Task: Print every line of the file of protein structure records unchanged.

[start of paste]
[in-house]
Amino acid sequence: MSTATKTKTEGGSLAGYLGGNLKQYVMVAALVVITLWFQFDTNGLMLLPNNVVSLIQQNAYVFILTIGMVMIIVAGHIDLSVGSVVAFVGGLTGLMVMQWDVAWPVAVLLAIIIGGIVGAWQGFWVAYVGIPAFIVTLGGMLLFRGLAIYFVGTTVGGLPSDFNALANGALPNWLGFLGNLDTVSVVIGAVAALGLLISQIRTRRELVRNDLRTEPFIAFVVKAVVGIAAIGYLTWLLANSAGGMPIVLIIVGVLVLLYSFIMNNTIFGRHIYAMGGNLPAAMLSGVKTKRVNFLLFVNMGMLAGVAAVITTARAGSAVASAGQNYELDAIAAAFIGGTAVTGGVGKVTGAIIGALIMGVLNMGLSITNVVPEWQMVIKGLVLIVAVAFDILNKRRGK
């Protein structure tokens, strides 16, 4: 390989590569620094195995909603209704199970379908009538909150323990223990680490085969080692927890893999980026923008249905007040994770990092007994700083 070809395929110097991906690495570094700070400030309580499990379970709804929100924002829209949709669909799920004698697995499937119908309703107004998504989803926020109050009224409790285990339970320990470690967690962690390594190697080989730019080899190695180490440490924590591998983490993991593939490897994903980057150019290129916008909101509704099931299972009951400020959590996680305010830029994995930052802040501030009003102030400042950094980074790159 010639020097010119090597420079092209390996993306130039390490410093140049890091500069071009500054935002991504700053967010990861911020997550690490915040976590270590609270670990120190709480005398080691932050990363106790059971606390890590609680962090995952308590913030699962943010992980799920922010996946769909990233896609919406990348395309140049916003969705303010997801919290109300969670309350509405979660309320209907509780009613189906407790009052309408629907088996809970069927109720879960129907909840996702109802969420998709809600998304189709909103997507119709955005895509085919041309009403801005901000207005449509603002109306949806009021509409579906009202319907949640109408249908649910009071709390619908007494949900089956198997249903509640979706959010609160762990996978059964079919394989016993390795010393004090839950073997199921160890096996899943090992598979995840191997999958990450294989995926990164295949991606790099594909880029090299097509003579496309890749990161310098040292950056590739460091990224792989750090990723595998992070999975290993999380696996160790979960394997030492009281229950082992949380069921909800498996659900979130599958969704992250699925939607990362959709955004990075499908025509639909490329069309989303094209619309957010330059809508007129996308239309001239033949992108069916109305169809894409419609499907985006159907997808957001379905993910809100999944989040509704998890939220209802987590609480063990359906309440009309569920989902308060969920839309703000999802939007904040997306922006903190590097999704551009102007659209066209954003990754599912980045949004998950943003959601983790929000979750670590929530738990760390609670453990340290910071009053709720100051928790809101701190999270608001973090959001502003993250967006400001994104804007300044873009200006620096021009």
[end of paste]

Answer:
[in-house]
Amino acid sequence: MSTATKTKTEGGSLAGYLGGNLKQYVMVAALVVITLWFQFDTNGLMLLPNNVVSLIQQNAYVFILTIGMVMIIVAGHIDLSVGSVVAFVGGLTGLMVMQWDVAWPVAVLLAIIIGGIVGAWQGFWVAYVGIPAFIVTLGGMLLFRGLAIYFVGTTVGGLPSDFNALANGALPNWLGFLGNLDTVSVVIGAVAALGLLISQIRTRRELVRNDLRTEPFIAFVVKAVVGIAAIGYLTWLLANSAGGMPIVLIIVGVLVLLYSFIMNNTIFGRHIYAMGGNLPAAMLSGVKTKRVNFLLFVNMGMLAGVAAVITTARAGSAVASAGQNYELDAIAAAFIGGTAVTGGVGKVTGAIIGALIMGVLNMGLSITNVVPEWQMVIKGLVLIVAVAFDILNKRRGK
């Protein structure tokens, strides 16, 4: 390989590569620094195995909603209704199970379908009538909150323990223990680490085969080692927890893999980026923008249905007040994770990092007994700083 070809395929110097991906690495570094700070400030309580499990379970709804929100924002829209949709669909799920004698697995499937119908309703107004998504989803926020109050009224409790285990339970320990470690967690962690390594190697080989730019080899190695180490440490924590591998983490993991593939490897994903980057150019290129916008909101509704099931299972009951400020959590996680305010830029994995930052802040501030009003102030400042950094980074790159 010639020097010119090597420079092209390996993306130039390490410093140049890091500069071009500054935002991504700053967010990861911020997550690490915040976590270590609270670990120190709480005398080691932050990363106790059971606390890590609680962090995952308590913030699962943010992980799920922010996946769909990233896609919406990348395309140049916003969705303010997801919290109300969670309350509405979660309320209907509780009613189906407790009052309408629907088996809970069927109720879960129907909840996702109802969420998709809600998304189709909103997507119709955005895509085919041309009403801005901000207005449509603002109306949806009021509409579906009202319907949640109408249908649910009071709390619908007494949900089956198997249903509640979706959010609160762990996978059964079919394989016993390795010393004090839950073997199921160890096996899943090992598979995840191997999958990450294989995926990164295949991606790099594909880029090299097509003579496309890749990161310098040292950056590739460091990224792989750090990723595998992070999975290993999380696996160790979960394997030492009281229950082992949380069921909800498996659900979130599958969704992250699925939607990362959709955004990075499908025509639909490329069309989303094209619309957010330059809508007129996308239309001239033949992108069916109305169809894409419609499907985006159907997808957001379905993910809100999944989040509704998890939220209802987590609480063990359906309440009309569920989902308060969920839309703000999802939007904040997306922006903190590097999704551009102007659209066209954003990754599912980045949004998950943003959601983790929000979750670590929530738990760390609670453990340290910071009053709720100051928790809101701190999270608001973090959001502003993250967006400001994104804007300044873009200006620096021009």